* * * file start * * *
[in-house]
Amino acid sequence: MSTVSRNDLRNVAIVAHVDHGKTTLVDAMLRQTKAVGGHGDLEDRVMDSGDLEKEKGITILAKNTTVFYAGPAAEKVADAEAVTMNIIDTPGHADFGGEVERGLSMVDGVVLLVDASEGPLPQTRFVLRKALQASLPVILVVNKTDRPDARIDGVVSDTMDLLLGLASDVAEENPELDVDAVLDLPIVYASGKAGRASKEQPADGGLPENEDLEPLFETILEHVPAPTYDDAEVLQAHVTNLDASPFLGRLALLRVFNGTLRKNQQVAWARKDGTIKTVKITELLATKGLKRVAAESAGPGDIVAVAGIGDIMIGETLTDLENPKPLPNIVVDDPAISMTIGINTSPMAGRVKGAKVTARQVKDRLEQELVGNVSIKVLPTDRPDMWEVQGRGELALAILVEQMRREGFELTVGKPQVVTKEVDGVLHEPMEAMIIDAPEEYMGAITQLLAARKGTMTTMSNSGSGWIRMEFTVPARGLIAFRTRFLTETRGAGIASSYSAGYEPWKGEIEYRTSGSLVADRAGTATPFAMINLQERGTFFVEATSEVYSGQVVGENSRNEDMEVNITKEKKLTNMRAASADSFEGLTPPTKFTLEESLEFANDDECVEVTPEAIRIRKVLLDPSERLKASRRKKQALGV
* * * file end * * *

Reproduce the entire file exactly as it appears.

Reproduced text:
[in-house]
Amino acid sequence: MSTVSRNDLRNVAIVAHVDHGKTTLVDAMLRQTKAVGGHGDLEDRVMDSGDLEKEKGITILAKNTTVFYAGPAAEKVADAEAVTMNIIDTPGHADFGGEVERGLSMVDGVVLLVDASEGPLPQTRFVLRKALQASLPVILVVNKTDRPDARIDGVVSDTMDLLLGLASDVAEENPELDVDAVLDLPIVYASGKAGRASKEQPADGGLPENEDLEPLFETILEHVPAPTYDDAEVLQAHVTNLDASPFLGRLALLRVFNGTLRKNQQVAWARKDGTIKTVKITELLATKGLKRVAAESAGPGDIVAVAGIGDIMIGETLTDLENPKPLPNIVVDDPAISMTIGINTSPMAGRVKGAKVTARQVKDRLEQELVGNVSIKVLPTDRPDMWEVQGRGELALAILVEQMRREGFELTVGKPQVVTKEVDGVLHEPMEAMIIDAPEEYMGAITQLLAARKGTMTTMSNSGSGWIRMEFTVPARGLIAFRTRFLTETRGAGIASSYSAGYEPWKGEIEYRTSGSLVADRAGTATPFAMINLQERGTFFVEATSEVYSGQVVGENSRNEDMEVNITKEKKLTNMRAASADSFEGLTPPTKFTLEESLEFANDDECVEVTPEAIRIRKVLLDPSERLKASRRKKQALGV